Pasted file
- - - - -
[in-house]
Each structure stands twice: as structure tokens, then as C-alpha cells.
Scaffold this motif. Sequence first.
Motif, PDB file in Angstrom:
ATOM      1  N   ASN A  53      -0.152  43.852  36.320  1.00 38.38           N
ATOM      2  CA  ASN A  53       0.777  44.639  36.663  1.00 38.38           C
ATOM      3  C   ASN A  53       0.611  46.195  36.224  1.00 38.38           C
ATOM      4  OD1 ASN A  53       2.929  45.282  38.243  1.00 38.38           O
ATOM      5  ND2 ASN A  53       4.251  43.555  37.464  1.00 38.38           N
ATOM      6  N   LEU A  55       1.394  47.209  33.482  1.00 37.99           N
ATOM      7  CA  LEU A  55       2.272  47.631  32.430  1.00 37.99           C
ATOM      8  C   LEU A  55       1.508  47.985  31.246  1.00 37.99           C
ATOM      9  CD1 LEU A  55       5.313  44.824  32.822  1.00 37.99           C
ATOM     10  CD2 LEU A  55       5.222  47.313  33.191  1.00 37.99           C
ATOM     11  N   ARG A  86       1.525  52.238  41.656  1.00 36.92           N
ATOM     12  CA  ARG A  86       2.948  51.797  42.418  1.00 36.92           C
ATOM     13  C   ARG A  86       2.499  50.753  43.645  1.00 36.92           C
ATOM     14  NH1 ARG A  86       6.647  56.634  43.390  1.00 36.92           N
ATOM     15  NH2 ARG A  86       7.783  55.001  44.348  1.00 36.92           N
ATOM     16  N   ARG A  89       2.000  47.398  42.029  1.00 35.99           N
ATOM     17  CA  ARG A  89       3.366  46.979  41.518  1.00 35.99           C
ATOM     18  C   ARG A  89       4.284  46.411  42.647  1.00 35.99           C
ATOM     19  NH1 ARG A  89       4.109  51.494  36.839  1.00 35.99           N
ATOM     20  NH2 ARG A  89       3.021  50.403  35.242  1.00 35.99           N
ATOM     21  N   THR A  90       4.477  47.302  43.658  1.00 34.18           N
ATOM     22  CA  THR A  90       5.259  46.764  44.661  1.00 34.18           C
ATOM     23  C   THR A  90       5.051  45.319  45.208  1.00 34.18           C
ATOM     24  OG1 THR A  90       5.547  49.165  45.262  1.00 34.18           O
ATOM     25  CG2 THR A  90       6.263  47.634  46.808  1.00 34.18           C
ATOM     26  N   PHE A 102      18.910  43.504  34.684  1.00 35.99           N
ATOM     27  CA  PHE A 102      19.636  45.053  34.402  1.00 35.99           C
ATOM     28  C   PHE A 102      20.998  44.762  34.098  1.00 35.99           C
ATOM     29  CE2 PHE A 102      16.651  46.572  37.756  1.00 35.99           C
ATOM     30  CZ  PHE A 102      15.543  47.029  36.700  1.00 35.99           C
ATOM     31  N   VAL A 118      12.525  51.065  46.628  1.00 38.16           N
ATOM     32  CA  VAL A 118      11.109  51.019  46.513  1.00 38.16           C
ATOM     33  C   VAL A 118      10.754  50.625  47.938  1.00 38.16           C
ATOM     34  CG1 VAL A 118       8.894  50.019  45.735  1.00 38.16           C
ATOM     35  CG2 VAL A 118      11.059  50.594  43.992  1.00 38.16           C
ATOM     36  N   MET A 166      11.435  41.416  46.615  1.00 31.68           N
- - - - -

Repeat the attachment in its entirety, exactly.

[in-house]
Each structure stands twice: as structure tokens, then as C-alpha cells.
Scaffold this motif. Sequence first.
Motif, PDB file in Angstrom:
ATOM      1  N   ASN A  53      -0.152  43.852  36.320  1.00 38.38           N
ATOM      2  CA  ASN A  53       0.777  44.639  36.663  1.00 38.38           C
ATOM      3  C   ASN A  53       0.611  46.195  36.224  1.00 38.38           C
ATOM      4  OD1 ASN A  53       2.929  45.282  38.243  1.00 38.38           O
ATOM      5  ND2 ASN A  53       4.251  43.555  37.464  1.00 38.38           N
ATOM      6  N   LEU A  55       1.394  47.209  33.482  1.00 37.99           N
ATOM      7  CA  LEU A  55       2.272  47.631  32.430  1.00 37.99           C
ATOM      8  C   LEU A  55       1.508  47.985  31.246  1.00 37.99           C
ATOM      9  CD1 LEU A  55       5.313  44.824  32.822  1.00 37.99           C
ATOM     10  CD2 LEU A  55       5.222  47.313  33.191  1.00 37.99           C
ATOM     11  N   ARG A  86       1.525  52.238  41.656  1.00 36.92           N
ATOM     12  CA  ARG A  86       2.948  51.797  42.418  1.00 36.92           C
ATOM     13  C   ARG A  86       2.499  50.753  43.645  1.00 36.92           C
ATOM     14  NH1 ARG A  86       6.647  56.634  43.390  1.00 36.92           N
ATOM     15  NH2 ARG A  86       7.783  55.001  44.348  1.00 36.92           N
ATOM     16  N   ARG A  89       2.000  47.398  42.029  1.00 35.99           N
ATOM     17  CA  ARG A  89       3.366  46.979  41.518  1.00 35.99           C
ATOM     18  C   ARG A  89       4.284  46.411  42.647  1.00 35.99           C
ATOM     19  NH1 ARG A  89       4.109  51.494  36.839  1.00 35.99           N
ATOM     20  NH2 ARG A  89       3.021  50.403  35.242  1.00 35.99           N
ATOM     21  N   THR A  90       4.477  47.302  43.658  1.00 34.18           N
ATOM     22  CA  THR A  90       5.259  46.764  44.661  1.00 34.18           C
ATOM     23  C   THR A  90       5.051  45.319  45.208  1.00 34.18           C
ATOM     24  OG1 THR A  90       5.547  49.165  45.262  1.00 34.18           O
ATOM     25  CG2 THR A  90       6.263  47.634  46.808  1.00 34.18           C
ATOM     26  N   PHE A 102      18.910  43.504  34.684  1.00 35.99           N
ATOM     27  CA  PHE A 102      19.636  45.053  34.402  1.00 35.99           C
ATOM     28  C   PHE A 102      20.998  44.762  34.098  1.00 35.99           C
ATOM     29  CE2 PHE A 102      16.651  46.572  37.756  1.00 35.99           C
ATOM     30  CZ  PHE A 102      15.543  47.029  36.700  1.00 35.99           C
ATOM     31  N   VAL A 118      12.525  51.065  46.628  1.00 38.16           N
ATOM     32  CA  VAL A 118      11.109  51.019  46.513  1.00 38.16           C
ATOM     33  C   VAL A 118      10.754  50.625  47.938  1.00 38.16           C
ATOM     34  CG1 VAL A 118       8.894  50.019  45.735  1.00 38.16           C
ATOM     35  CG2 VAL A 118      11.059  50.594  43.992  1.00 38.16           C
ATOM     36  N   MET A 166      11.435  41.416  46.615  1.00 31.68           N